There’s a sequence in Olivier Assayas’ Irma Vep (1996) in which Maggie Cheung, playing a wide-eyed and generally passive version of herself, gets to go haywire: A woozy handheld camera watches as she stalks through her unmade hotel room, seemingly possessed by the Sonic Youth rumble on the soundtrack. Boiling over with frustrated energy and guitar feedback, Cheung slinks out for a miniature crime spree, transforming into the wraithlike character she plays in Irma Vep’s film-within-a-film.
That scene could be a prequel to Assayas’ Clean (Palm Pictures), where Cheung portrays a character who has lived her share of rock ’n’ roll indulgence and is now toughing out fame’s long hangover.
The film may establish the specifics of its plot with some baldly expositional dialogue—Lee (real-life musician James Johnston) is a has-been star scrounging for a new record deal; Cheung’s Emily is his pushy lover—but it paints the sex-and-drugs backdrop with startling ease. In a few close-ups of Metric singer Emily Haines onstage, Assayas bottles more pure rock eros than Michael Winterbottom got in his entire art-porn flick 9 Songs. Minutes later, three dangerously gorgeous images evoke a heroin habit: After shooting up in a parked car, Cheung’s head rolls back, her hand loses grip of the needle, and the camera cuts to a long shot of the car, as a refinery on the horizon erupts into the night sky with slow red flame.
The next morning, the ride is over. Lee has died of an overdose; Emily is arrested for possession. She spends six months in jail and loses the right to visit their son Jay, who has been living with Lee’s parents (Nick Nolte and Martha Henry). Lee’s manager capitalizes on his death with some posthumous record deals, but the money barely covers the debts and lawyers’ fees. Emily goes home to Paris, intending to piece together a more grounded life.
Her journey to recovery is mundane and episodic, divided between humbly pragmatic compromises (taking jobs in her uncle’s restaurant and at a low-end department store) and somewhat deluded attempts to reconnect with her old demimonde. The latter episodes give Assayas an excuse to indulge his curiosity (introduced in earlier films) about glamorous lesbians, but they also produce one of the film’s most poignant moments—as Emily tries and fails to enlist Tricky, one of Lee’s musician buddies, to help convince the family to let her see Jay.
If Emily’s newfound maternal instinct isn’t sold to the extent we expect, she’s still a much fuller character than Cheung was given to play in Irma Vep. Assayas wants to get beyond the actress’s familiar screen persona, where she is known mainly as second banana to Jackie Chan or as the beautifully opaque star of Wong Kar-Wai’s In the Mood for Love. He gives her a convincingly abrasive personality and also strips away some of her physical veneer. Emily is sexy, but with ratty hair and less makeup than usual. Assayas and Cheung were married for a few years, and Clean feels like the parting gift in what was reportedly an amicable divorce.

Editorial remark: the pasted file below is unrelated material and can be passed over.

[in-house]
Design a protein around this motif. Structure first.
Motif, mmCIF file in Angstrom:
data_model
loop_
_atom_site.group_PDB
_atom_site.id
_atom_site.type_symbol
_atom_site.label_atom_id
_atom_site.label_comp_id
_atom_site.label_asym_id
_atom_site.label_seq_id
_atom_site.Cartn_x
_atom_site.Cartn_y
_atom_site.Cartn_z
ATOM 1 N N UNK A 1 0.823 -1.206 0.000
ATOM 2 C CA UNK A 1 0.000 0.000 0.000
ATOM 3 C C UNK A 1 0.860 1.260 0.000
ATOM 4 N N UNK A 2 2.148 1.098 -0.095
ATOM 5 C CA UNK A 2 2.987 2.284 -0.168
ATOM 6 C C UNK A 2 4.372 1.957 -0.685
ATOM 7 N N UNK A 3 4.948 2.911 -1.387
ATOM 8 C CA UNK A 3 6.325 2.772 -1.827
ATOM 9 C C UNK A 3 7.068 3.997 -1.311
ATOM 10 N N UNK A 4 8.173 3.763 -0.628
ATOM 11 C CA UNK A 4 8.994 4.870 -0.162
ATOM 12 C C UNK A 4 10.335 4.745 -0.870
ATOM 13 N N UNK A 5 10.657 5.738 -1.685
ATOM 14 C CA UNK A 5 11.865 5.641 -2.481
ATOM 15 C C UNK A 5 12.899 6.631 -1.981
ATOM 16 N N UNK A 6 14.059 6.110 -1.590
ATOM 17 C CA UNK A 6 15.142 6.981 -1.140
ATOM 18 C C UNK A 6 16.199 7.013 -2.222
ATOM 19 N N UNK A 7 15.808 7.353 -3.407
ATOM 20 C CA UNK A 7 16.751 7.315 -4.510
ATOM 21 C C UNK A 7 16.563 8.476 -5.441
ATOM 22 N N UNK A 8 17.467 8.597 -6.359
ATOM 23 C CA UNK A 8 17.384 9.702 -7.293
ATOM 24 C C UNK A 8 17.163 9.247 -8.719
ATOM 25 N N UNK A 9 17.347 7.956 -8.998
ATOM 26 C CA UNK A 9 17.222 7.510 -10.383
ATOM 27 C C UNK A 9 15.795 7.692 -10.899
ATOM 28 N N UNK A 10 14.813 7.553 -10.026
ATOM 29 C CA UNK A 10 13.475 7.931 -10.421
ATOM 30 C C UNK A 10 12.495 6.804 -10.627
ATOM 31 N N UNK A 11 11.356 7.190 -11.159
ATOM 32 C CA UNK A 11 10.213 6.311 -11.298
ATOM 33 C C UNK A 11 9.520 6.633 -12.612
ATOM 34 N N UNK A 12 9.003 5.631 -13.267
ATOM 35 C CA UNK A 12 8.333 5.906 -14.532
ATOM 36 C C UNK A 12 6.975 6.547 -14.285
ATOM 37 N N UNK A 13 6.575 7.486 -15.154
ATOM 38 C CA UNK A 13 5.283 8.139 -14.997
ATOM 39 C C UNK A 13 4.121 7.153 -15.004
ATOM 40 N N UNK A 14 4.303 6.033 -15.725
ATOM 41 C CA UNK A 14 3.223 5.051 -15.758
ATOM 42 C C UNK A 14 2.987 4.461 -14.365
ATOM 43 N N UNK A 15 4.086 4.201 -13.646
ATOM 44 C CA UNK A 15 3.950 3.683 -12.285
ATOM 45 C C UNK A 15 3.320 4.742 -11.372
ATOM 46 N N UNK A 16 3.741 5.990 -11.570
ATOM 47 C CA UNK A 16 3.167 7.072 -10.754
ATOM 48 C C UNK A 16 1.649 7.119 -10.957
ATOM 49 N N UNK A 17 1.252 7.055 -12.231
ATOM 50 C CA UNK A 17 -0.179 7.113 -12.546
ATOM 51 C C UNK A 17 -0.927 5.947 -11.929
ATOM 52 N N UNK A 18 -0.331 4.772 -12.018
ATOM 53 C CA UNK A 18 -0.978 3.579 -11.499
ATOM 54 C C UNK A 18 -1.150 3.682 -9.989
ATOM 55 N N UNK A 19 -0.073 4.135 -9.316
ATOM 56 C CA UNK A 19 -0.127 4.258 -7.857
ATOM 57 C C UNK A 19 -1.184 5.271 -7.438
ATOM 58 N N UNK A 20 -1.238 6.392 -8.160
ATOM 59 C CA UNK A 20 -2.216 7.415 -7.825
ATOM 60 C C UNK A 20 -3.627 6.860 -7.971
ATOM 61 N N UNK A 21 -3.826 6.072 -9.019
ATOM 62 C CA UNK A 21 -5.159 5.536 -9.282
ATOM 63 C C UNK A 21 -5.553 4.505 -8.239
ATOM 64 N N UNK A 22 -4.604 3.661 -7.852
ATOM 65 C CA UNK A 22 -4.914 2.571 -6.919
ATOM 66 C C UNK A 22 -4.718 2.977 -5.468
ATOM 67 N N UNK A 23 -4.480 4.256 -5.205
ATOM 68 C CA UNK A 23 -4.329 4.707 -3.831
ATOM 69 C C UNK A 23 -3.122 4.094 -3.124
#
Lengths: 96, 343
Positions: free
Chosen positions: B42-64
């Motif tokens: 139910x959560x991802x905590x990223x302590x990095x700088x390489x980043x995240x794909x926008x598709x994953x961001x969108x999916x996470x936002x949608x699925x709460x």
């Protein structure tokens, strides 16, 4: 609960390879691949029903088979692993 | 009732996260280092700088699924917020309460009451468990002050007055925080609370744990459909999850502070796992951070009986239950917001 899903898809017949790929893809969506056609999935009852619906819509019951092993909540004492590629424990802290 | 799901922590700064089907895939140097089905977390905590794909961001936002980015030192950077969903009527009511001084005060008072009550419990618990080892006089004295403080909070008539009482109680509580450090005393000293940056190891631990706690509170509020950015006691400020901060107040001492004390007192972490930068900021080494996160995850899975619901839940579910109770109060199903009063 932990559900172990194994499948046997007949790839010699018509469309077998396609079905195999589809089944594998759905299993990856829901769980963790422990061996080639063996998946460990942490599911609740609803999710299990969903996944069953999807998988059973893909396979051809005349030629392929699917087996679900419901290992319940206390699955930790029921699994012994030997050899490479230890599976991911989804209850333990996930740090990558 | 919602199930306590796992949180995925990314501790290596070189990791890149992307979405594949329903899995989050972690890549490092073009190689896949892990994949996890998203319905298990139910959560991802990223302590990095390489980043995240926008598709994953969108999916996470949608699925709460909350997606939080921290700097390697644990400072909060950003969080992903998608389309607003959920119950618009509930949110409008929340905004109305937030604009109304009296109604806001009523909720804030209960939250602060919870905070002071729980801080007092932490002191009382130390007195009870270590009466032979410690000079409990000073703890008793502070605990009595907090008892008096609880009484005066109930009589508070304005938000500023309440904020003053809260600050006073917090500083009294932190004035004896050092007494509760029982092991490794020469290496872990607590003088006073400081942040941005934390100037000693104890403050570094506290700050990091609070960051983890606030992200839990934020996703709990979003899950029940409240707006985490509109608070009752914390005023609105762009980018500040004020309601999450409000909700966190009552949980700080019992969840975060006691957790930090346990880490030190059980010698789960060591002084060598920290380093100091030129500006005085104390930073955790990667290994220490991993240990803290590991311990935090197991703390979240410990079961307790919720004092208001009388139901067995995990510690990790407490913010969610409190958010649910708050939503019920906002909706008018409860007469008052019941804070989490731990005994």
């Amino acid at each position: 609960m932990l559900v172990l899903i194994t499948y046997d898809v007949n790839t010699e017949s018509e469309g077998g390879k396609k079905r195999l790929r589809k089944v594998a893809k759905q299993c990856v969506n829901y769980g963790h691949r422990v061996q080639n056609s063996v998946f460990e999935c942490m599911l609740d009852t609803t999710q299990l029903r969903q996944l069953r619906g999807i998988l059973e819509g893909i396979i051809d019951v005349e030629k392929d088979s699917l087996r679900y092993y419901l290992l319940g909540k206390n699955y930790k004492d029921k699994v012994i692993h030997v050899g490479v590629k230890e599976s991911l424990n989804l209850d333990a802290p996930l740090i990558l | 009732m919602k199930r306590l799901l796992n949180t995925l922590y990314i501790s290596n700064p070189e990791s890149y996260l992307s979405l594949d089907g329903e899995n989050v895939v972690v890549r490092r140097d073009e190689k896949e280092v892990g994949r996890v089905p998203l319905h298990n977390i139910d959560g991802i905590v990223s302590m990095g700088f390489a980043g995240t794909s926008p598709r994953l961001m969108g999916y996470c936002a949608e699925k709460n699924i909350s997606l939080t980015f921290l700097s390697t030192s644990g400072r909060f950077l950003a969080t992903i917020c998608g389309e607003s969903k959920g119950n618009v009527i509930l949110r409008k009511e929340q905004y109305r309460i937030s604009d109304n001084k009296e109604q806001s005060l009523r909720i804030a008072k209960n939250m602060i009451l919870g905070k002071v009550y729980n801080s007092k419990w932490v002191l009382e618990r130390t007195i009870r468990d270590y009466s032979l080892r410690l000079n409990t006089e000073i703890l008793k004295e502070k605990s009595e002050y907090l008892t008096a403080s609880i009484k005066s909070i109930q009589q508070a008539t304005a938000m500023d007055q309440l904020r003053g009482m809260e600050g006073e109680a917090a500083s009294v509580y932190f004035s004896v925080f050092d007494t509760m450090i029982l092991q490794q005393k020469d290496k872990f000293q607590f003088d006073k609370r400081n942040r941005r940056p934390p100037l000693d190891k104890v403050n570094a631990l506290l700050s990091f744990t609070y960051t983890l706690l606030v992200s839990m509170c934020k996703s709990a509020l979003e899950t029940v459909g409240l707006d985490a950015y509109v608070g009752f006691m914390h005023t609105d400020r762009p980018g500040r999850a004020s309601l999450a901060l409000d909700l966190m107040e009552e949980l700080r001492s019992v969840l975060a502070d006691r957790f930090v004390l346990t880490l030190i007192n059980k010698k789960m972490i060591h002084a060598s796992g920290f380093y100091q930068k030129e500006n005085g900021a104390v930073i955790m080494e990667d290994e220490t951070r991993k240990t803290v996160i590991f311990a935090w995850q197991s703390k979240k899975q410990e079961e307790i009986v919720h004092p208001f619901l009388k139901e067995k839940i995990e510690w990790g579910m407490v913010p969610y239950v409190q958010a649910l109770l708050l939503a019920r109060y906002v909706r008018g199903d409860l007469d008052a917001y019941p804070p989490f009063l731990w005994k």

But after the movie ends, it is not Cheung’s, but Nick Nolte’s performance that lingers in the air. It may take a foreign filmmaker to see within this troubled actor the solidity of character projected here. A man who not only claims to believe in forgiveness, but is willing to risk being proved wrong, his moral sense runs as deep as that famously weathered voice. When faced with a loved one behaving selfishly, Nolte calmly but authoritatively suggests an alternative; it may seem unlikely for an actor with so many morally compromised characters on his résumé, but as film fathers go, Nolte’s Albrecht approaches Atticus Finch’s league.
The film stumbles a bit toward the end as it did in the beginning—this time with some clichés about flawed mothers and redemption-bound celebrity burnouts. (True to the Behind the Music template, the sober Emily has hopes of recording an album of her own songs.) Still, it’s a marked improvement over the ambitious but unsatisfying Demonlover (2002), an S&M techno-thriller that tried to deconstruct Internet pornography. In Clean, Assayas returns to his comfort zone—the world of appealing young people with interestingly chaotic lives—and views it through the eyes of a woman who doesn’t belong there anymore.